calderón expression in embryonic and imaginal tissues. (A) Genomic organization of the cald locus. The P-element insertions cald-gal4 and EP1072 are shown as blue triangles. (B) Dorsal view of a cald-Gal4; UAS-lacZ embryo at stage 13. Note lacZ expression, visualized by histochemical staining for β-gal activity, in the amnioserosa (black arrowhead) and in the central nervous system (CNS, white arrowhead). (C-G) Lateral view(anterior left, dorsal up) of embryos showing the distribution of CG13610 transcripts from stage 5 (C) to 13 (G). Early embryos (C)have uniform levels of cald expression. Gastrula embryos (D) have higher levels of cald transcripts in the most dorsal cells. From germ band extended (E,F) to germ band retracted embryos (G). caldexpression is restricted to the amnioserosa and the CNS. (H) Dorsal view of an embryo at stage 13 showing cald expression in the amnioserosa and the CNS, which reproduces cald-Gal4 expression(compare with B). (I,K,M) cald-Gal4:UAS-GFPstaining in wing (I), eye-antenna (K) and leg (M) imaginal discs.(J,L,N) Wing (J), eye-antenna (L) and leg (N) imaginal discs showing cald transcripts. cald transcripts reproduce the cald-Gal4 expression. (O) Alignment of Calderon and the human protein SLC22A4. Both proteins have 11 transmembrane domains with a Major Facilitator Superfamily domain (boxed amino acids) and a Sugar Transporter domain (red amino acids). Identical amino acids are identified by a star. Double dots label conserved substitutions and single dots semi-conserved substitutions. The two proteins are 36.4% identical.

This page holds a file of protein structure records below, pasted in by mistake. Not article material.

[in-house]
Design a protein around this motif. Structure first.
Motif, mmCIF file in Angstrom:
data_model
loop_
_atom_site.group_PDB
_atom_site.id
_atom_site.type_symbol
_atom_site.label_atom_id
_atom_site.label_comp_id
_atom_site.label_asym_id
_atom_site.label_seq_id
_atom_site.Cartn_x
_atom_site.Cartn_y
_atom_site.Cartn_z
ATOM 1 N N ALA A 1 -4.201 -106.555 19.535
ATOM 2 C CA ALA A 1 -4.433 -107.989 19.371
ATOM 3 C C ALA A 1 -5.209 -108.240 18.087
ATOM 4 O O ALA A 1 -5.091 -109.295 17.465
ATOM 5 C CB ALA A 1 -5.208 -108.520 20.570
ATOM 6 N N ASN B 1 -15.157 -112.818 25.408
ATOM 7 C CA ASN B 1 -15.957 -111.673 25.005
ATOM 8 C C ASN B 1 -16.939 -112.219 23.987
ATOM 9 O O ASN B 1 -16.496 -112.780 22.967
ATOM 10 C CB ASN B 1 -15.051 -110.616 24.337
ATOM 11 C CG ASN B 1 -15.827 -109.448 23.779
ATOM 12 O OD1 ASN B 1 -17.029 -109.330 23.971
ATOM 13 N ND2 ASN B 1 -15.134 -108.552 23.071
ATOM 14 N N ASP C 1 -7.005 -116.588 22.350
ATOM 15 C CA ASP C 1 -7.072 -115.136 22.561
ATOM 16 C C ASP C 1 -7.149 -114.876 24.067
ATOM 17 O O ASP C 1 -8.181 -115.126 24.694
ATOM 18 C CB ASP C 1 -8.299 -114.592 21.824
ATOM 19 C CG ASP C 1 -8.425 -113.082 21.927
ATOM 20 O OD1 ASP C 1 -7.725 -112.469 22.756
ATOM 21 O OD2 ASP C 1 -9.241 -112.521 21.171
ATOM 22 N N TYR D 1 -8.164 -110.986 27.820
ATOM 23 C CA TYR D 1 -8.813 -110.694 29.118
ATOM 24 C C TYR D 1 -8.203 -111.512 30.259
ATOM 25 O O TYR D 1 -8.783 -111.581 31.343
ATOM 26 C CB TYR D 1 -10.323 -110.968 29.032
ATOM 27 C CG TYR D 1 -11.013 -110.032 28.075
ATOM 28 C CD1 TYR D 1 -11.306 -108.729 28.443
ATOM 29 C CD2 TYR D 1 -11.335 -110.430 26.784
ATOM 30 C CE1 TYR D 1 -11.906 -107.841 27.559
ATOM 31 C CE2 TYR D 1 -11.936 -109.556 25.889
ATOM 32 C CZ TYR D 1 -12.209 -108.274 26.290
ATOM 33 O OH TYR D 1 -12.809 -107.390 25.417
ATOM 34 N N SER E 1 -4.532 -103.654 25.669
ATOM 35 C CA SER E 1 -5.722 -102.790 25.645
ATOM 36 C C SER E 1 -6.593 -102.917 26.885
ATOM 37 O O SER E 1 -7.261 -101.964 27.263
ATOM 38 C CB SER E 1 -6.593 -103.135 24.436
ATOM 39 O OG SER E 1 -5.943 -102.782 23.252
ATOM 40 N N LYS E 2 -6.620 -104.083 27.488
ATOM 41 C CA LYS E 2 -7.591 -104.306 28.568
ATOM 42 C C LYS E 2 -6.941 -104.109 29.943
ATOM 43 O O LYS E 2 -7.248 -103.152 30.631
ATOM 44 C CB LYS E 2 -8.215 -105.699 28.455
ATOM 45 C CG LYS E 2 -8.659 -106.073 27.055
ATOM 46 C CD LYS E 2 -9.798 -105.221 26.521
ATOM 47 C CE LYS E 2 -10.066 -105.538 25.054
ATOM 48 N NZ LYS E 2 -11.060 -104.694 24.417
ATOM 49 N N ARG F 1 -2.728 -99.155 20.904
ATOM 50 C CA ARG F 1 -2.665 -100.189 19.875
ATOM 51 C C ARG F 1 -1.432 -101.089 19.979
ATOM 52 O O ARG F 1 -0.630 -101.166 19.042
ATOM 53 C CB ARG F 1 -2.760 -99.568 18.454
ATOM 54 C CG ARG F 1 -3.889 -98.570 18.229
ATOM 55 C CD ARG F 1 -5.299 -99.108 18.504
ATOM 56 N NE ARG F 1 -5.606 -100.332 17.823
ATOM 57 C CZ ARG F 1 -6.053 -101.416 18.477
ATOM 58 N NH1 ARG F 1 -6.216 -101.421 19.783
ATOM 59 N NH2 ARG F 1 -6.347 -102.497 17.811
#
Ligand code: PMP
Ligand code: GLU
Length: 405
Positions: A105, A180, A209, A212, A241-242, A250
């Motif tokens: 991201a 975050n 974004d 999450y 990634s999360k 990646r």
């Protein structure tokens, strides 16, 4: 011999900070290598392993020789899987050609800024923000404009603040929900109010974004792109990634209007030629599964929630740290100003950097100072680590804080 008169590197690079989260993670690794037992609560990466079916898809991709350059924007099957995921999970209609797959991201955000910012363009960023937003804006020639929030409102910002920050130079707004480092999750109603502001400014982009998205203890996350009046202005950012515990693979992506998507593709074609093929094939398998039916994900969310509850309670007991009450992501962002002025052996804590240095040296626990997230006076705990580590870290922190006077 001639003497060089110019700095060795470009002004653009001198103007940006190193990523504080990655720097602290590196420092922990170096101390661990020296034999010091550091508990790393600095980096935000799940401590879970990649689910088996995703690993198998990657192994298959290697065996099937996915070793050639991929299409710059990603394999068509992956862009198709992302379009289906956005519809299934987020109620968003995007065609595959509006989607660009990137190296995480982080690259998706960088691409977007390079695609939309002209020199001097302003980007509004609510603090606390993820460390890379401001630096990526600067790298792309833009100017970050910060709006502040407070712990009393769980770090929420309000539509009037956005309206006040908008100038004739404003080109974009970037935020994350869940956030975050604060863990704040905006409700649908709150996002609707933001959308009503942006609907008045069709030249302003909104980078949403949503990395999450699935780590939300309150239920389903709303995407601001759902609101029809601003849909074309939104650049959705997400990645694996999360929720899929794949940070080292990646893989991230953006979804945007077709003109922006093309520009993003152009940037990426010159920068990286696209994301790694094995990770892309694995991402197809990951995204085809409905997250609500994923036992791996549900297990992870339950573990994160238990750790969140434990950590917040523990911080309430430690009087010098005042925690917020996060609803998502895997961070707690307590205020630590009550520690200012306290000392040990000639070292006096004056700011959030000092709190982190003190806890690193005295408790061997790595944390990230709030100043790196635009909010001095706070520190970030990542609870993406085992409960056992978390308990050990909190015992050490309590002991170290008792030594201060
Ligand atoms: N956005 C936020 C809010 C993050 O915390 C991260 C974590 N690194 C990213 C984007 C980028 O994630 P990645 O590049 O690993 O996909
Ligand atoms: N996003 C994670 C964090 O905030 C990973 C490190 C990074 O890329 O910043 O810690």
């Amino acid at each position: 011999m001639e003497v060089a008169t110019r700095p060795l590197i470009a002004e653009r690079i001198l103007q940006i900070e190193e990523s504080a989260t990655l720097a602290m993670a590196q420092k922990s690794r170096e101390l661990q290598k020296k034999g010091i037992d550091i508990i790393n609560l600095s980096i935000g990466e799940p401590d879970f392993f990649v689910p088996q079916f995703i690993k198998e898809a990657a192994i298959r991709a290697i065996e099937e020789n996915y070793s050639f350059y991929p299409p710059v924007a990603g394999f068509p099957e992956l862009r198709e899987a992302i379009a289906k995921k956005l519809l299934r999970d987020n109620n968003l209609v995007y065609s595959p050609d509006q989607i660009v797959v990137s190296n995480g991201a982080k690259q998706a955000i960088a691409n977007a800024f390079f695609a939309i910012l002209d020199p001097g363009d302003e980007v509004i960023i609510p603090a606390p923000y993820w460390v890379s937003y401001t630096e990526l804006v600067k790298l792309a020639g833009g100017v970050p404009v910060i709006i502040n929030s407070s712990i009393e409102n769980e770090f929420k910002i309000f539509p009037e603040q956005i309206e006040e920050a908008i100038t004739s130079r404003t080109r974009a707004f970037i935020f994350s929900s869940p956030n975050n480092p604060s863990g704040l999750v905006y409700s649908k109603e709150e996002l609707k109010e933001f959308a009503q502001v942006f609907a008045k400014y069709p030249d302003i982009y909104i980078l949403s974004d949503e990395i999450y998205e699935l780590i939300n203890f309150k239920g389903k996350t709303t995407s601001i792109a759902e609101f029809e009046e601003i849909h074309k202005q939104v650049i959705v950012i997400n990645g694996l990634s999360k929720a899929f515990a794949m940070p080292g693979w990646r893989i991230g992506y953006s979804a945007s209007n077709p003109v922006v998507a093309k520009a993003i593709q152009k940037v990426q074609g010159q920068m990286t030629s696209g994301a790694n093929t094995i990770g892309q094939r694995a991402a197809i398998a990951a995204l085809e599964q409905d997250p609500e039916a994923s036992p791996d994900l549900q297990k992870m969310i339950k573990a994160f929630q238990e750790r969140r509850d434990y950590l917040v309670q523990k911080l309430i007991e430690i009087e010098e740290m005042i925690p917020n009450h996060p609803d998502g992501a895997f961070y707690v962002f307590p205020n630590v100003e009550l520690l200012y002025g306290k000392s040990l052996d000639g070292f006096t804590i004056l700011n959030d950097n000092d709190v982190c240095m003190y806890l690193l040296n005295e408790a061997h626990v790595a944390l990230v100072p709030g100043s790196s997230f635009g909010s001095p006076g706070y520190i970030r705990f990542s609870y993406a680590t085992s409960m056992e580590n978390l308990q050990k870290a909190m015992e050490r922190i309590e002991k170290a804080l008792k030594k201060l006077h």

Fortuitously, the lethal excision lines caldR106 and caldR107 (but not caldR165) leave GAL4 and the cis-regulatory regions unaffected, so that the mutants express GAL4 in the normal pattern of calderón(Fig. 2D). Interestingly, these two alleles complemented the lethal allele caldEP1072,probably as a result of the capacity of GAL4 expressed in the normal pattern of cald (in caldR106 and caldR107 P-element insertions) to drive the expression of CG13610 under the control of the GAL4-binding sites (in the caldEP1072 insertion, Fig. 2H). It is well known the GAL4/UAS system is cold sensitive, being most effective at 25°C. caldR106/caldEP1072 adult flies did not show any growth defect when raised at 25°C(Fig. 3F,G). When raised at 18°C, flies were smaller (Fig. 3F,G), resembling the growth phenotype of the cald viable allele caldR161. Taken together, these results indicate that the embryonic phenotype and the growth defects of the caldmutants are caused by the absence of CG13610 expression.